13 October 2008

Book Review: America's Cheapest Family Gets Your Right on the Money

America's Cheapest Family Gets Your Right on the Money
by Steve and Annette Economides (and yes, that's their real last name)

I can't believe I forgot to review this book because I LOVE it. This book is extremely helpful. Often, books on personal finance or frugality are theoretical and focus on the need to save now, preserve our resources, etc., etc., etc. The subheading to this book claims to be your guide to living better, spending less, and cashing in on your dreams.

This book does just that. This family of 5 children starts with practical ways to implement frugality, giving concrete examples and step-by-step instructions and ends with the theory. They give solid ways to budget for all expenses, pay off your home, set up a merit-based allowance system, save money on everyday expenses (they spend $350/month on groceries for a family of 7), saving money on medical, vacations, clothing, etc.

I especially like their section on emergency funds. We are counseled by the church and by the personal finance sector to have 3-6 months liquid savings stashed away in an emergency fund. The Economides family does more than that—they have specific amounts in each section of their emergency fund.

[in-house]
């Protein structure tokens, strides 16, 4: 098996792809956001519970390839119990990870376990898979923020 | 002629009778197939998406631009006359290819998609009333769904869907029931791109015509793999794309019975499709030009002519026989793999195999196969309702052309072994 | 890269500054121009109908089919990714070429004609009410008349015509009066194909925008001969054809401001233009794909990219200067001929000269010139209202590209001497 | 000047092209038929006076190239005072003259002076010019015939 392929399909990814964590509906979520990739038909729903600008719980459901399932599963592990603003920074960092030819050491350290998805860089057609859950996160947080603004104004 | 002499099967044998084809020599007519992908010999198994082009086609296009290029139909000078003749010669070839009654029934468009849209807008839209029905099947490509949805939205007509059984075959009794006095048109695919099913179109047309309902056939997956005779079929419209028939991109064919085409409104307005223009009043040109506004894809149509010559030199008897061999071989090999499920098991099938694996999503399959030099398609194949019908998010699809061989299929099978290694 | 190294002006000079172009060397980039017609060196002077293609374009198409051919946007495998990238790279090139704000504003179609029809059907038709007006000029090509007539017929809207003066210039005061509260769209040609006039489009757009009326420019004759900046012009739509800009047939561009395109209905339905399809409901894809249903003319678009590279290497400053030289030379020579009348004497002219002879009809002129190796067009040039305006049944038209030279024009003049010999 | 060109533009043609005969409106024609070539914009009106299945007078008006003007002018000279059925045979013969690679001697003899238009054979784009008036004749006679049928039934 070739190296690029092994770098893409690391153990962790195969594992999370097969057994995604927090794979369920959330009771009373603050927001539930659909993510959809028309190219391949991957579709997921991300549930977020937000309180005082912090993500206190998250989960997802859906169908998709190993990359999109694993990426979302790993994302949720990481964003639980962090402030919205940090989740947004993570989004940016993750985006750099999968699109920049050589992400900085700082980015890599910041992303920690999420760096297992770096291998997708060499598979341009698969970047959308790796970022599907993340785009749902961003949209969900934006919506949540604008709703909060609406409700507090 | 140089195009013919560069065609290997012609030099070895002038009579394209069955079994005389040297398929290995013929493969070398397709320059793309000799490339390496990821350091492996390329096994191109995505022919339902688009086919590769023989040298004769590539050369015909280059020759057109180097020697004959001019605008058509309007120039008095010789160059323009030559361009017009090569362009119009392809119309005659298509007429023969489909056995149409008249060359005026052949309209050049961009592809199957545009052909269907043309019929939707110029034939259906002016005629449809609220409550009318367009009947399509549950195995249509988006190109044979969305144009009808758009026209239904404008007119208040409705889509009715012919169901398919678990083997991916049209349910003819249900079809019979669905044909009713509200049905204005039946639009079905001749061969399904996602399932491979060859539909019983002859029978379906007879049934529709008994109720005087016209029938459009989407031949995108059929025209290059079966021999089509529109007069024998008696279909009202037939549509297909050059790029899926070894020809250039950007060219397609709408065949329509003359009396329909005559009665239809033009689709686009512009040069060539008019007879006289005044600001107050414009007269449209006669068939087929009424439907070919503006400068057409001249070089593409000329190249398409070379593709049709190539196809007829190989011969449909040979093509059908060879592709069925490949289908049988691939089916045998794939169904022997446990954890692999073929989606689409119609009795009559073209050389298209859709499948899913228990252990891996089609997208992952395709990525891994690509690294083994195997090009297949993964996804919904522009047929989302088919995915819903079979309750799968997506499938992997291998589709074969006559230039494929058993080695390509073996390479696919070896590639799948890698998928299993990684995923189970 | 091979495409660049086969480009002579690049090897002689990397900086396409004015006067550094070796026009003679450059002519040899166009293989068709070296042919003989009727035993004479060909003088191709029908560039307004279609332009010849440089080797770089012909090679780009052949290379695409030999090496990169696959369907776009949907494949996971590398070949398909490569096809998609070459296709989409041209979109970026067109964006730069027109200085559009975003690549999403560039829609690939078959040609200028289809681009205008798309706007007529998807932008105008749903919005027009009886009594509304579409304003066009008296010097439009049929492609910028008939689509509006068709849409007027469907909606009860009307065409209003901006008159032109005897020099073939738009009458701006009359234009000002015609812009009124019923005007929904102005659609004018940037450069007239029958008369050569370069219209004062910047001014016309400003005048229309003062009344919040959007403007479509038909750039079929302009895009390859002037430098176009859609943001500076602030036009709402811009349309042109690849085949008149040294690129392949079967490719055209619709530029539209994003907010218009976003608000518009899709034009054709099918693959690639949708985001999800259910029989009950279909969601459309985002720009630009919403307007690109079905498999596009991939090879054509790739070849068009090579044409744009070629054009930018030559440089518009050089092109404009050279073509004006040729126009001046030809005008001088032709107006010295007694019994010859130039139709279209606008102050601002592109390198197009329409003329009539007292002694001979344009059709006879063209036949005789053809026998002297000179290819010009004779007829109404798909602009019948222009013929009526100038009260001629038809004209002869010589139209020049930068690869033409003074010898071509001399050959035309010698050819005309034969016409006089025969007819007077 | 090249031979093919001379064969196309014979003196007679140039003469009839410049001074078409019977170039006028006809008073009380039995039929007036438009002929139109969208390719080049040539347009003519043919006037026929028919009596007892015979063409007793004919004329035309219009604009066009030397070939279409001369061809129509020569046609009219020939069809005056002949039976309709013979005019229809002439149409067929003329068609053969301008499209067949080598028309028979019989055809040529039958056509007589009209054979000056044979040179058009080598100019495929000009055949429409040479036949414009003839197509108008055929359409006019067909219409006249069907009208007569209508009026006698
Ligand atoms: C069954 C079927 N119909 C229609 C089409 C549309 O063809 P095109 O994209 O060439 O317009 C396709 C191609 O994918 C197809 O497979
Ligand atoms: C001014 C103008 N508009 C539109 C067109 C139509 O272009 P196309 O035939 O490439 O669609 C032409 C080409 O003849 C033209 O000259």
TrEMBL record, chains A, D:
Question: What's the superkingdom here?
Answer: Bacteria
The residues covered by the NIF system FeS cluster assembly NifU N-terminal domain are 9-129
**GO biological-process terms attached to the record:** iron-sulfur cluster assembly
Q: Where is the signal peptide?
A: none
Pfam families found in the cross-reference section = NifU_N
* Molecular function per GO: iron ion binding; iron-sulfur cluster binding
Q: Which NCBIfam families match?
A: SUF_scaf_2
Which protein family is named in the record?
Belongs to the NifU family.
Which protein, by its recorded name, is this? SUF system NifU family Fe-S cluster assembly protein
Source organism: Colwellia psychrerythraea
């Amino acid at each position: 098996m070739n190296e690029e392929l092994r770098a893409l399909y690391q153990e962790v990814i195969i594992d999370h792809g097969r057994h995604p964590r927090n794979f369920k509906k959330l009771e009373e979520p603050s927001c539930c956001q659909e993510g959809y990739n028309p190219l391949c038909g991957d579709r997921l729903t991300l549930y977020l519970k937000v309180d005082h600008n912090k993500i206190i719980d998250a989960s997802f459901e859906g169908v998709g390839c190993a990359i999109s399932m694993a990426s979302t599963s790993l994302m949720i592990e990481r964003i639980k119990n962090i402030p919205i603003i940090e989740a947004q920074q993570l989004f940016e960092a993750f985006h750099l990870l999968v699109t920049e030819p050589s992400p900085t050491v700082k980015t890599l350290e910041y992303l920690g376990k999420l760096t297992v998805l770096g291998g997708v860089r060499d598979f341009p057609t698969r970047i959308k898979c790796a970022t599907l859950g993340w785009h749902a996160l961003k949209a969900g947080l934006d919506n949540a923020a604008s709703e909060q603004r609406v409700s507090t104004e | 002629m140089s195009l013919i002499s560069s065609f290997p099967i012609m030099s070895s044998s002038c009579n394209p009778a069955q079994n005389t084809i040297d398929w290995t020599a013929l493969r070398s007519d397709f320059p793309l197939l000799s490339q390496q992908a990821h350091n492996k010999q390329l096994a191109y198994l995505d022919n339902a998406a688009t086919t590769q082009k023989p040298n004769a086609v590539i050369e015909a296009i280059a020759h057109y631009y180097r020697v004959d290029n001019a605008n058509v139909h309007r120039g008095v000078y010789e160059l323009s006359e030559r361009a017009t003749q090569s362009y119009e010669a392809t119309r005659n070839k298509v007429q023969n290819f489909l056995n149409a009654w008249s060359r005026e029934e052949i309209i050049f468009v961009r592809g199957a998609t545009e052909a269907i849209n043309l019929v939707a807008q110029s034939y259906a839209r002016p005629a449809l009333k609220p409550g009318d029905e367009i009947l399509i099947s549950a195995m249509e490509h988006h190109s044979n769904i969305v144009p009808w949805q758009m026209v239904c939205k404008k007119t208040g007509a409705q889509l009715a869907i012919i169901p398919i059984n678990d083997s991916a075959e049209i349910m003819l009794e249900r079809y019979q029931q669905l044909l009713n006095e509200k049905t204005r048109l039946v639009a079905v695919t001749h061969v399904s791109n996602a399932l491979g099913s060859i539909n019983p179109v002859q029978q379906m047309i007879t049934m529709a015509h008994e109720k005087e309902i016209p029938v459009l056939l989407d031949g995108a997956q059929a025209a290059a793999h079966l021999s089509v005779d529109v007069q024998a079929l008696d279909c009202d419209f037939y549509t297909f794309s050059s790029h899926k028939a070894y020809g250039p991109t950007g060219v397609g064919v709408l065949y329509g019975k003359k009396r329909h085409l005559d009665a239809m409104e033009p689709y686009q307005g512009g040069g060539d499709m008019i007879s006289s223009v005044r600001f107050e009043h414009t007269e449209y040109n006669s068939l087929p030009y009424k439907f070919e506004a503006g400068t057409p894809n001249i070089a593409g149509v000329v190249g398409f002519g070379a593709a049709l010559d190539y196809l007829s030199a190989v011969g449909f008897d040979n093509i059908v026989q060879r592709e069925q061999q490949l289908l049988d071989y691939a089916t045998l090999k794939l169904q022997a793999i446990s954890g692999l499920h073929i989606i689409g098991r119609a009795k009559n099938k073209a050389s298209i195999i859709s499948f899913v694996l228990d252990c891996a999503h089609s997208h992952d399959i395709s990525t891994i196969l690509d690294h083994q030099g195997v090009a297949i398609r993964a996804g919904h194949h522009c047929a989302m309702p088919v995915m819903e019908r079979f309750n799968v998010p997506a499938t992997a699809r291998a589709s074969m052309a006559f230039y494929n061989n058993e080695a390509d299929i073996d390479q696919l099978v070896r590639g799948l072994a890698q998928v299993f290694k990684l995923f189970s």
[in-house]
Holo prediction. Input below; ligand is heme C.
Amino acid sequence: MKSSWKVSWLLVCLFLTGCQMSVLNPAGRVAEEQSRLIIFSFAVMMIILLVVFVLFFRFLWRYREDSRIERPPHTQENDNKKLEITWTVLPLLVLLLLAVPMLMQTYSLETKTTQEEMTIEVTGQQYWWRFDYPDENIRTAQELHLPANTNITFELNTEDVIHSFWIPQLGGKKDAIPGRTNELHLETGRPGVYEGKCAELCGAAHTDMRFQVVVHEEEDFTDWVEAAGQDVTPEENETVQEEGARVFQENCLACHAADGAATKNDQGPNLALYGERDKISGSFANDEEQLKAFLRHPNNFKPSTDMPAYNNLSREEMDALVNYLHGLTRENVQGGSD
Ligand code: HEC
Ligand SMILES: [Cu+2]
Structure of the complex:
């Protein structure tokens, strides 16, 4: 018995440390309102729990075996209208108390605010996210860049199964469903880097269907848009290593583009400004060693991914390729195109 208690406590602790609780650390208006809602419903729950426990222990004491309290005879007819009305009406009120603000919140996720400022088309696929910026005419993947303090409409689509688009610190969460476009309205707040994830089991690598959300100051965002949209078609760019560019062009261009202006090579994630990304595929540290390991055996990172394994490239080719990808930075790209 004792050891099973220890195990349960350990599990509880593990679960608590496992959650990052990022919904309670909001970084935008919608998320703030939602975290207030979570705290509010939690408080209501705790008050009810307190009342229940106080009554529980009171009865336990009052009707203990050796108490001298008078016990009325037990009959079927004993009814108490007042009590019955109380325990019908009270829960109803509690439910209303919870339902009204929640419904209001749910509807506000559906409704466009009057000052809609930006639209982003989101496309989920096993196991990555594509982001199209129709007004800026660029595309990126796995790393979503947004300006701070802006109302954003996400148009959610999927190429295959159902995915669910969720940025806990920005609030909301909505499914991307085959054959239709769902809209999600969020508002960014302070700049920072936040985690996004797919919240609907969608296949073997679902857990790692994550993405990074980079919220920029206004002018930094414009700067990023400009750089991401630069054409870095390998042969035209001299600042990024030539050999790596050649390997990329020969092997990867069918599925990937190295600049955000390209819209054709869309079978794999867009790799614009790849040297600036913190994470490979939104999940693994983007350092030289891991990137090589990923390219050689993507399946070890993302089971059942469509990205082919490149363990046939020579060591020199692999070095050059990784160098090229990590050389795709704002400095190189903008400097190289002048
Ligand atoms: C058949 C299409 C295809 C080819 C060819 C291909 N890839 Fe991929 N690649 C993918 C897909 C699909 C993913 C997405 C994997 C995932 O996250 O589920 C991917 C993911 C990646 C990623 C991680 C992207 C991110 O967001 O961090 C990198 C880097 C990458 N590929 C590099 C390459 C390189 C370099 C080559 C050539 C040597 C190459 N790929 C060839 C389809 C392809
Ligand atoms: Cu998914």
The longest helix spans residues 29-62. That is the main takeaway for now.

Emergency Fund Categories.
Medical Emergencies (not insurance or regular): save up to your maximum out-of-pocket expenses
Home Repair: 1% of the value of your home (hey, that’s the deductible)
Emergency Travel: Enough for everyone in the family to buy plane tickets for illness or death
Unemployment: 6 months of actual expenses
Car Replacement: depends on what car you want

I also liked the section on what to do when "extra" money comes in like bonuses, tax refunds, gifts, etc. I find that it is so easy to just let those opportunities get absorbed in the daily budget. If it doesn't get absorbed, it gets spent on a bunch of indulgences I didn't really want in the first place.

Making the Most of Windfalls
If you have debt other than your mortgage
60% debt liquidation
20% savings
10% charitable giving
10% enjoy

If you are trying to pay off the house and don’t have additional debt
30% additional principal
30% savings
20% home improvement projects
10% charitable giving
10% enjoy

This is a must-read. I loved it and while I won't apply every single aspect, I loved reading about a real family (with 5 kids and a stay-at-home mom) that makes it work. They don't seem to deprive themselves of fun. They just make the most of what they have and I really enjoyed the small glimpse into their family life.

1 comment:

The Sorensens said...

This one looks awesome. I'm going to have to add it to my to-read list on Goodreads. I really need to learn how to cut my grocery budget. cry-cry (i love to cook).